Robert Watson-Watt supervises research on the study of atmospherics
at the Aldershot Wireless Station.
Watson-Watt's Experimental Hut at
The Radio Research Board of the Department of Scientific and Industrial Research
is formed with Admiral of the Fleet, Henry Jackson as the Board's first Chair.
Four sub-committees on propagation, atmospherics, direction
finding and thermionic valves are established and early members include
E.V.Appleton, R.L.Smith-Rose and R.A.Watson-Watt.
Atmospheric research is undertaken at the Aldershot Wireless Station while direction
finding work begins in the West Park of the Compass Observtory at
Ditton Park, Slough.
Admiral of the Fleet Henry Jackson.
The War Department reoccupies the Aldershot site so Watson-Watt moves his research
and equipment to the North Park at Ditton Park, Slough.
The three research areas of the Radio Research Board are: Atmospherics,
Direction Finding Investigations and Field Strength Measurements.
Watson-Watt's apparatus for studying waveforms
Edward Victor Appleton and his co-workers prove the existence of an ionised relfecting
layer at the height of about 100km. They are soon to discover a second layer at a
height of 200km. Watson-Watt provides the name 'Ionosphere' in 1926.
Sir Edward Victor Appleton
On December 1st 1927 the Radio Research Station is formed following
the unification of research on atmospherics, direction finding and field strength
measurements. Robert Alexander Watson-Watt is made Superintendent.
A few days later, the Station suffers considerable losses to its equipment and
resources as a fire burns down the 210 foot tower in North Park.
Wreckage of tower in North Park
following the fire of 1927.
On September 20th 1932 a continuous sequence of ionospheric soundings begin
at Ditton Park.
E.V.Appleton, R.Naismith and W.C.Brown of the Radio Research Station visit Tromso,
Norway to carry out further Ionospheric investigations as part of the Second
International Polar Year.
Polar Ionosphere Investigations. Edward Appleton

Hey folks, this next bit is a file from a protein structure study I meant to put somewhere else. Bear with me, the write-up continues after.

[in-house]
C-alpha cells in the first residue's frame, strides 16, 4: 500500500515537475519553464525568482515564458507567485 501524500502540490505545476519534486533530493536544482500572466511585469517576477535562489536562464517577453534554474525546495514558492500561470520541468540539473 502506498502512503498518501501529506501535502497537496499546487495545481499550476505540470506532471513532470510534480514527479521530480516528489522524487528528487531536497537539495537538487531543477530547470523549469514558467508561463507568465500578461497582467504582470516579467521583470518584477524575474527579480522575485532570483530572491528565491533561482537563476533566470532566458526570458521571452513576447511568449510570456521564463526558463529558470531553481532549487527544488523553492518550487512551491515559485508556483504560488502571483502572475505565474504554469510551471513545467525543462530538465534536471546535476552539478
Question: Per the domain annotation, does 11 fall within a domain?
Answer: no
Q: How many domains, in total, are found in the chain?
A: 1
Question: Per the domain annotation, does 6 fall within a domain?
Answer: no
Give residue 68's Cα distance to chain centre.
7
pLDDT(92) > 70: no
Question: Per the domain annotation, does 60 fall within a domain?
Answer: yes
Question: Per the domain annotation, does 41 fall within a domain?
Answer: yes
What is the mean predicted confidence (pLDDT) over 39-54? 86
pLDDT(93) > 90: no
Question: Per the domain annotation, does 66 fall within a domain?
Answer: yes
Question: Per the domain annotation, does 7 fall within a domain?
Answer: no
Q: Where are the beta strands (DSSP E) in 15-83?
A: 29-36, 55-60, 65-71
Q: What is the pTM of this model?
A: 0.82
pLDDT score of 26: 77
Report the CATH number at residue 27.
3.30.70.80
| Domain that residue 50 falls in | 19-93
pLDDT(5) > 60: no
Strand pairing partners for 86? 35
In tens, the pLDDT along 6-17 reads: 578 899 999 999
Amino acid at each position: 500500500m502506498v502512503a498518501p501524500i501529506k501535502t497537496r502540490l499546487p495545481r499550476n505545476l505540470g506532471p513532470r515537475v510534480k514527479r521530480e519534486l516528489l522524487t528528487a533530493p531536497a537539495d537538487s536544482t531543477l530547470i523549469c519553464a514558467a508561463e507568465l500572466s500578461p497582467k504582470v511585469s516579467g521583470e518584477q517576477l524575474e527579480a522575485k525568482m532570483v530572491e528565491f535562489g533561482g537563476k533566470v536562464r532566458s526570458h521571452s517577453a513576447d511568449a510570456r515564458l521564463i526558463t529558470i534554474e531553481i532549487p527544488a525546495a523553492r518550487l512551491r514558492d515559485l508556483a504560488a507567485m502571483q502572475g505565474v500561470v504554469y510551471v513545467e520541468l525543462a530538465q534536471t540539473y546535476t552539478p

and Robert Naismith. 1932.
The Radio Research Station is combined with the Wireless Division of the
National Physical Laboratory to become the Radio Department, N.P.L.
Pulse Ionosonde receiver designed by L.H.
Invention of Radar.
February 12th 1935 Watson-Watt prepares a draft memorandum entitled,
'Detection and Location of Aircraft by Radio Methods.' The report
explains how detection by relfected radio energy is possible.
On February 29th 1935 an experiment to test the theory was conducted
by A.F.Wilkins using apparatus from Ditton Park. The results were creditable
and so began great developments in air defence.
A.F.Wilkins in van later used for Radar
Development of the Ionospheric Forecasting Service to aid long distance
communication is of great importance to the Services during World War II.
At the end of the war, fewer demands from the Services result in the Station
revising their programme of work. Plans to increase the number of outstations
and expand the Ditton Park site are made.
Ionospheric Observatory. Ditton Park. 1948.
The Radio Research Organization is formed with Reginald Leslie Smith-Rose as the
Reginald Leslie Smith-Rose. October 1948.
Building work to expand the laboratory at Ditton Park begins in 1954 and completed in
On June 20th 1957 Sir Edward Appleton formally opens the new buildings.
North view of the new buildings at Ditton Park. 1956.
The International Geophysical Year takes place from July 1st 1957 to December 31st
The World Data Centre is established at Ditton Park, Slough for the collection and
exchange of ionospheric information.
On October 4th 1957 the first artifical earth satellite, Sputnik I, begins to orbit
the Earth. A small experiment at Ditton Park in which bearings were taken from the
satellite transmitter using a cathode-ray direction finder marks the beginning of
extensive research, involvement and contribution to space science from the Station.
Link to World Data Centre website
R.L.Smith-Rose retires and John Ashworth Ratcliffe becomes Director of the Radio Research
The work of the Station is focused on ionospheric and tropospheric research.
Listen to the speeches (mp3) made at the retirement of R.L.Smith-Rose:
Listen to the speech of the new Director, J.A.Ratcliffe:
John Ashworth Ratcliffe. Director.1960-66.
The importance of space research at Ditton Park is reflected in the name change of the
laboratory to the 'Radio and Space Research Station' on April 1st 1965. Responsibility of
the Station is transferred from the Department of Scientific and Industrial Research to the
Science Research Council.
John Arthur Saxton becomes Director in 1966.
John Arthur Saxton. Director. 1966-77.
The Station is renamed the Appleton Laboratory on November 7th 1973.
There is increasing collaboration with Universties and Laboratory Scientists on
research projects and work begins on satellite instrumentation.
F.Horner becomes Director of the Laboratory in 1977.
F.Horner. Director. 1977-79.
The Appleton Laboratory merges with the Rutherford Laboratory at Chilton in
Oxfordshire to become the Rutherford Appleton Laboratory on September 1st 1979.
The two Laboratories are able to combine their expertise and facilities
in radio, space, engineering, technological and computing research.
J.T.Houghton becomes Director Appleton within the merged Laboratory in 1979.
J.T.Houghton. Director. 1979.